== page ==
A gastronomic high: Michelin-starred dining on the ski slopes of Andermatt, Switzerland
· 9 February 2023
Go beyond cheese, fondue and chocolates
Andermatt is a place filled with superlatives. It is the largest ski region in central Switzerland with one of the longest ski seasons (usually from late October to May). Five-star hotel The Chedi Andermatt has the world’s largest hotel collection of fine cigars and the country’s longest indoor hotel pool.
It’s also where you’ll find the highest Japanese restaurant in Europe, and the most extensive sake menu in Switzerland.
But let’s start from the ground first – or rather, at 1,440 metres above sea level in what was once a sleepy mountain village. Since 2009, Andermatt – located in the Uri canton about a 90-minute drive from Zurich – has been undergoing $2 billion worth of luxury development projects by real estate developer Andermatt Swiss Alps. Apartment buildings, four-and five-star hotels, chalets and shops are being built in the village to fulfil the ambitious goal of being a “prime Alpine destination”.
And it is certainly on its way there. It is Switzerland’s only region open to foreign investors without any restrictions, and is already an attractive investment for holiday rentals and homes. For avid sports enthusiasts, especially skiers and snowboarders, there are over 120 kilometres of slopes and 22 ski lifts that cater to every level. In summer, visitors can tee off at Andermatt’s 18-hole golf course or go hiking or cycling on its well-developed network of trails. The 650-seat Andermatt Concert Hall offers year-round events and entertainment for all.
With fresh air, dramatic mountain views and outdoor activities at your doorstep, what’s left to complete your holiday is a memorable dining experience. Turns out, there is no lack of options as I found out during my three-day trip there. Despite being in the middle of the Swiss Alps, one can enjoy a range of cuisines, be it at a fine-dining restaurant at the top of the mountain or a casual cafe in the village.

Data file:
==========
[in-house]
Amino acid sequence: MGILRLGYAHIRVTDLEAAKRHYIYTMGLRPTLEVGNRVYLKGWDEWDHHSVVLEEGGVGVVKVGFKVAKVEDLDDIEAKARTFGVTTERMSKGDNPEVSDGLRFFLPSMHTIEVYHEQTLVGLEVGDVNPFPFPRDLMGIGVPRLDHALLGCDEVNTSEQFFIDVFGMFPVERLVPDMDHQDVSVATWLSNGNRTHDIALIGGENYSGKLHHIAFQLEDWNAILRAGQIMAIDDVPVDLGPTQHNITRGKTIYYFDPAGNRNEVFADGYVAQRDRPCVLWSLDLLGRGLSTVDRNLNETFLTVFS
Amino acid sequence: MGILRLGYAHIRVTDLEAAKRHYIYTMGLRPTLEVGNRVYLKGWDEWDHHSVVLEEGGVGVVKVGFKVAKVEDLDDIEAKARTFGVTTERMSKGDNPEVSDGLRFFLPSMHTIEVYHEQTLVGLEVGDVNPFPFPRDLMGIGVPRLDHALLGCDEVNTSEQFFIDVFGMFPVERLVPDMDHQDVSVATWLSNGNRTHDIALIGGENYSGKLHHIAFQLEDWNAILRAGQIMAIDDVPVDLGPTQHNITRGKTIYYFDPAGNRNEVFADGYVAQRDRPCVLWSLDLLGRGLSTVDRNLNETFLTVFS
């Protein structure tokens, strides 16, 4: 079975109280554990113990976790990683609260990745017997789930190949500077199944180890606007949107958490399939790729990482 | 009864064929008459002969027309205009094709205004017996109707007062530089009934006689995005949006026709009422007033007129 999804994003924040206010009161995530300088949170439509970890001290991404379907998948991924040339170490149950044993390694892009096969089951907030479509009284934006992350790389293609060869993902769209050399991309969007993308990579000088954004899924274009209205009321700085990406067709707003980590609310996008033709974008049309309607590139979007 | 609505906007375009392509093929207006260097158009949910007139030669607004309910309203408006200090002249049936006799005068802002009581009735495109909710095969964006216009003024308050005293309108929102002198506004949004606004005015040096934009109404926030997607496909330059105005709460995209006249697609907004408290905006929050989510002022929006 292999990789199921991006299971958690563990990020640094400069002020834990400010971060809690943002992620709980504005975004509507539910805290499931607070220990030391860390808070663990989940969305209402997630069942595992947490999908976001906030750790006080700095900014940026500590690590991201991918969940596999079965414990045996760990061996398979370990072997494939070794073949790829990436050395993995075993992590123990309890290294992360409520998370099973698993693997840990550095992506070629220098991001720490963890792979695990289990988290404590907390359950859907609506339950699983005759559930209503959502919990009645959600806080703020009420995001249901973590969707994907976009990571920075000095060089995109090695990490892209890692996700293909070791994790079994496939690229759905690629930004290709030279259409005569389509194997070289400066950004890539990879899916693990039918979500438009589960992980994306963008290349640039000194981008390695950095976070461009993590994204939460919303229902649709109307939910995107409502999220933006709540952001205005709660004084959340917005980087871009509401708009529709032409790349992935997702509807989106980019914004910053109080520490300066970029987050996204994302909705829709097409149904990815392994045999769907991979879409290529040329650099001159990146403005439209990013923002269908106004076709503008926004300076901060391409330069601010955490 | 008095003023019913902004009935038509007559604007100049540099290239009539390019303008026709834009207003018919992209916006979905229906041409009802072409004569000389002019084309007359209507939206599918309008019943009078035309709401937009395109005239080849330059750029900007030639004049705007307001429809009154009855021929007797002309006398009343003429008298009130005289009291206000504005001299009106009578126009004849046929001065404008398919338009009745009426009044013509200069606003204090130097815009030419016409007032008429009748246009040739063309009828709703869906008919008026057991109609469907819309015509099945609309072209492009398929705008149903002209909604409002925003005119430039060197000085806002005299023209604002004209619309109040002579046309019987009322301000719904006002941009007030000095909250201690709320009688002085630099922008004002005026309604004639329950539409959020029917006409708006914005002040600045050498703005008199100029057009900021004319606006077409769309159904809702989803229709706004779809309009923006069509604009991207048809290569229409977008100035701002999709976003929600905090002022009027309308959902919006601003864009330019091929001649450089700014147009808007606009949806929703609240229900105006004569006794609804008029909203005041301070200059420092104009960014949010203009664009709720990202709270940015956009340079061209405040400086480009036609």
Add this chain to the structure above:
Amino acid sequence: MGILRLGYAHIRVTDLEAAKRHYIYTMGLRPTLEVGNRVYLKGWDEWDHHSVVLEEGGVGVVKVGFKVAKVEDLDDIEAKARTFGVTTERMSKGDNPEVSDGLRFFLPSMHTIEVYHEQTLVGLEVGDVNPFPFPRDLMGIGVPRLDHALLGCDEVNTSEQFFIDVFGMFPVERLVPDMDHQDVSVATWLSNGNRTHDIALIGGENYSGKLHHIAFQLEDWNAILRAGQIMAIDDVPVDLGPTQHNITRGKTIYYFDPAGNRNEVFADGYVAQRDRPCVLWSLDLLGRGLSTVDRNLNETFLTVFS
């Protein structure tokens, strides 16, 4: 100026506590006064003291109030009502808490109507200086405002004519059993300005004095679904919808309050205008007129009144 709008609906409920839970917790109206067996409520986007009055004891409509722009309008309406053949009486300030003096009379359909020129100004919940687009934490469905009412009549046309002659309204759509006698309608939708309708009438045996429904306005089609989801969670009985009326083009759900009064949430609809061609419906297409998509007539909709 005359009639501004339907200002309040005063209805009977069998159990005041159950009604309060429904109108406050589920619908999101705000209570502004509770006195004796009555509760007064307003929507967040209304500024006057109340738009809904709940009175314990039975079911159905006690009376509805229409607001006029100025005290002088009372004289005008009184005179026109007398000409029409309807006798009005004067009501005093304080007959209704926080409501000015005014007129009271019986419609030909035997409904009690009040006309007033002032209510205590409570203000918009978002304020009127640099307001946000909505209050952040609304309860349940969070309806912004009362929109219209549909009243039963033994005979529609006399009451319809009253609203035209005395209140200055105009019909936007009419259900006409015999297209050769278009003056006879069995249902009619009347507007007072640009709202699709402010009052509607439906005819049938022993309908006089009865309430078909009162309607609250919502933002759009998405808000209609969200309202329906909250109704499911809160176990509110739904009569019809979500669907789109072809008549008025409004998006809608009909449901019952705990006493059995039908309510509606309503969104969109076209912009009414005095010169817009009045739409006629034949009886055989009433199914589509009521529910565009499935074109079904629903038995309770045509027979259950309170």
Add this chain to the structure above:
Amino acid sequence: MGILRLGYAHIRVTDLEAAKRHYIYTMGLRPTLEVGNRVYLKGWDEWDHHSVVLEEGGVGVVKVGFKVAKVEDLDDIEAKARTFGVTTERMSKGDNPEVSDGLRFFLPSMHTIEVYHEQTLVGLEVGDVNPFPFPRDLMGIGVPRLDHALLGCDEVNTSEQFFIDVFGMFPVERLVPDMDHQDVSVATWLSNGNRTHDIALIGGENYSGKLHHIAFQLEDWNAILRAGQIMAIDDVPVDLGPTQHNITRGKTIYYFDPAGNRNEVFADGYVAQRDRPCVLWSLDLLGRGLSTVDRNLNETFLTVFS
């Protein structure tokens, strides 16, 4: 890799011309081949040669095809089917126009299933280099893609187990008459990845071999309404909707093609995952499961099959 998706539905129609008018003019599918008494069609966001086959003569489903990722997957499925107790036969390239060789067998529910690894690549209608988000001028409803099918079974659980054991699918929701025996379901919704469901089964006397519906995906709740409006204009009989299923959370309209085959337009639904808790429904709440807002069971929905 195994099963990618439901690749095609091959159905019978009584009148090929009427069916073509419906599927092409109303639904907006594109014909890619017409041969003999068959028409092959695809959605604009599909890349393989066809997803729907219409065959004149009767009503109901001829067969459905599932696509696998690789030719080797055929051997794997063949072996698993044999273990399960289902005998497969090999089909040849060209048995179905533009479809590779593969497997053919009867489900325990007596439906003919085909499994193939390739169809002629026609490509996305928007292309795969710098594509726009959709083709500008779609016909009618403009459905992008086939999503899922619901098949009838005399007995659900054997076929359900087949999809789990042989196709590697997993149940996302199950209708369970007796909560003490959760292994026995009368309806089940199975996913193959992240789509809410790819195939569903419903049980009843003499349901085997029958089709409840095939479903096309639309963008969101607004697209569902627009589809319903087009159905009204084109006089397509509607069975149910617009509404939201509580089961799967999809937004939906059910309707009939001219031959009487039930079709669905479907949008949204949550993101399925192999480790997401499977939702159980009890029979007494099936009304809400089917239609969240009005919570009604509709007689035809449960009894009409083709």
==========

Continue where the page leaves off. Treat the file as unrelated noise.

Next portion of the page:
For a culinary high, take the gondola lift called the Gütsch-Express to the topmost station at 2,300 metres above sea level (those who are afraid of heights, beware). It is here where bold architecture meets beautiful scenery, alongside some of the finest Asian and Western cuisines. Housed in a modern timber and stone building are two Michelin-starred dining destinations – The Japanese by The Chedi Andermatt and Restaurant Gütsch by Markus Neff.
“Lunch with a view” took a whole new meaning at The Japanese as I gazed upon glorious views of the Gotthard Pass, Oberalp Pass and Urseren Valley below while enjoying my meal, an outstanding menu of sushi, sashimi, tempura and omakase kaiseki dishes presented by award-winning chef Dietmar Sawyere and his team.
My favourite was Scallop Sashimi, which happened to be one of the restaurant’s signature dishes – they were sweet and nicely balanced with Kristal caviar and shiso beurre blanc. Other highlights were the Black Cod marinated in yuzu-miso sauce and Wagyu Tartare with potato espuna.
Europe’s highest Japanese restaurant certainly delivered, but not without its challenges. Sawyere, who also runs The Japanese at The Chedi Andermatt, pointed out that water boils at a lower temperature at around 93°C above 2,000 metres. This means that cooking rice, for example, is more difficult at this higher elevation than it is in the village. They had to adapt, such as soaking the rice for longer before cooking it. Logistics can be an issue, too. “Being on top of a mountain, we have to bring everything up in the lift, and we have to take all our rubbish down again. And if you forget something, it’s not so easy to get it up here,” he says.